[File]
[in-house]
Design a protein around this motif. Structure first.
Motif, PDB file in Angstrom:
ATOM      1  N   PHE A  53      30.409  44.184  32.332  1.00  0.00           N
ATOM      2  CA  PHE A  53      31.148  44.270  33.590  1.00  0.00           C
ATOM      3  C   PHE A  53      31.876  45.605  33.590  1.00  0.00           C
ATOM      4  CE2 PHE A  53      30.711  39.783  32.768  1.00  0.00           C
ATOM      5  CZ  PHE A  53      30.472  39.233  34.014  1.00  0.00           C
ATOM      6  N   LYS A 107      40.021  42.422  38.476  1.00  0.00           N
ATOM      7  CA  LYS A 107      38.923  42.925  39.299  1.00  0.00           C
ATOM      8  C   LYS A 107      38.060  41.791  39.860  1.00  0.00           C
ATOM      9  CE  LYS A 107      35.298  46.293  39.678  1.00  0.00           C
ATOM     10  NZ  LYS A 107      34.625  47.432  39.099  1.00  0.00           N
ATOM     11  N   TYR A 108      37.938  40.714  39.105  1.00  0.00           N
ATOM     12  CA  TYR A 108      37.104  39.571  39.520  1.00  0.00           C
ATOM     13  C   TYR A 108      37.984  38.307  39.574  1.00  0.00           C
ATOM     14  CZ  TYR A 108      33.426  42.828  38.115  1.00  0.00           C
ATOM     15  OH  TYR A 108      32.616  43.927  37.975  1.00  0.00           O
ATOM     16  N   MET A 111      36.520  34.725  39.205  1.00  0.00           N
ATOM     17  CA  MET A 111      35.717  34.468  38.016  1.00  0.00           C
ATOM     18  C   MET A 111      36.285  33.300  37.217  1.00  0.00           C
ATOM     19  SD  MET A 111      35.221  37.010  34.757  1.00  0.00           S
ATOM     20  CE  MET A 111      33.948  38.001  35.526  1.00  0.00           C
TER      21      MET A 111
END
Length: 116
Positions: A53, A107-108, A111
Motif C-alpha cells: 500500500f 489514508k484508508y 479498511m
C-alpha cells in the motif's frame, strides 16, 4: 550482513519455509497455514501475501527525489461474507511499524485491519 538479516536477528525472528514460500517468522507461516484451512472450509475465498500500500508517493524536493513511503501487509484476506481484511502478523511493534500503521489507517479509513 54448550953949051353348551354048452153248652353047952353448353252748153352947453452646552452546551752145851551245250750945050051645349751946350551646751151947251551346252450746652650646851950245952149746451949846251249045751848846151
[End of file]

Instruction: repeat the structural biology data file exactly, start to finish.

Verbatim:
[in-house]
Design a protein around this motif. Structure first.
Motif, PDB file in Angstrom:
ATOM      1  N   PHE A  53      30.409  44.184  32.332  1.00  0.00           N
ATOM      2  CA  PHE A  53      31.148  44.270  33.590  1.00  0.00           C
ATOM      3  C   PHE A  53      31.876  45.605  33.590  1.00  0.00           C
ATOM      4  CE2 PHE A  53      30.711  39.783  32.768  1.00  0.00           C
ATOM      5  CZ  PHE A  53      30.472  39.233  34.014  1.00  0.00           C
ATOM      6  N   LYS A 107      40.021  42.422  38.476  1.00  0.00           N
ATOM      7  CA  LYS A 107      38.923  42.925  39.299  1.00  0.00           C
ATOM      8  C   LYS A 107      38.060  41.791  39.860  1.00  0.00           C
ATOM      9  CE  LYS A 107      35.298  46.293  39.678  1.00  0.00           C
ATOM     10  NZ  LYS A 107      34.625  47.432  39.099  1.00  0.00           N
ATOM     11  N   TYR A 108      37.938  40.714  39.105  1.00  0.00           N
ATOM     12  CA  TYR A 108      37.104  39.571  39.520  1.00  0.00           C
ATOM     13  C   TYR A 108      37.984  38.307  39.574  1.00  0.00           C
ATOM     14  CZ  TYR A 108      33.426  42.828  38.115  1.00  0.00           C
ATOM     15  OH  TYR A 108      32.616  43.927  37.975  1.00  0.00           O
ATOM     16  N   MET A 111      36.520  34.725  39.205  1.00  0.00           N
ATOM     17  CA  MET A 111      35.717  34.468  38.016  1.00  0.00           C
ATOM     18  C   MET A 111      36.285  33.300  37.217  1.00  0.00           C
ATOM     19  SD  MET A 111      35.221  37.010  34.757  1.00  0.00           S
ATOM     20  CE  MET A 111      33.948  38.001  35.526  1.00  0.00           C
TER      21      MET A 111
END
Length: 116
Positions: A53, A107-108, A111
Motif C-alpha cells: 500500500f 489514508k484508508y 479498511m
C-alpha cells in the motif's frame, strides 16, 4: 550482513519455509497455514501475501527525489461474507511499524485491519 538479516536477528525472528514460500517468522507461516484451512472450509475465498500500500508517493524536493513511503501487509484476506481484511502478523511493534500503521489507517479509513 54448550953949051353348551354048452153248652353047952353448353252748153352947453452646552452546551752145851551245250750945050051645349751946350551646751151947251551346252450746652650646851950245952149746451949846251249045751848846151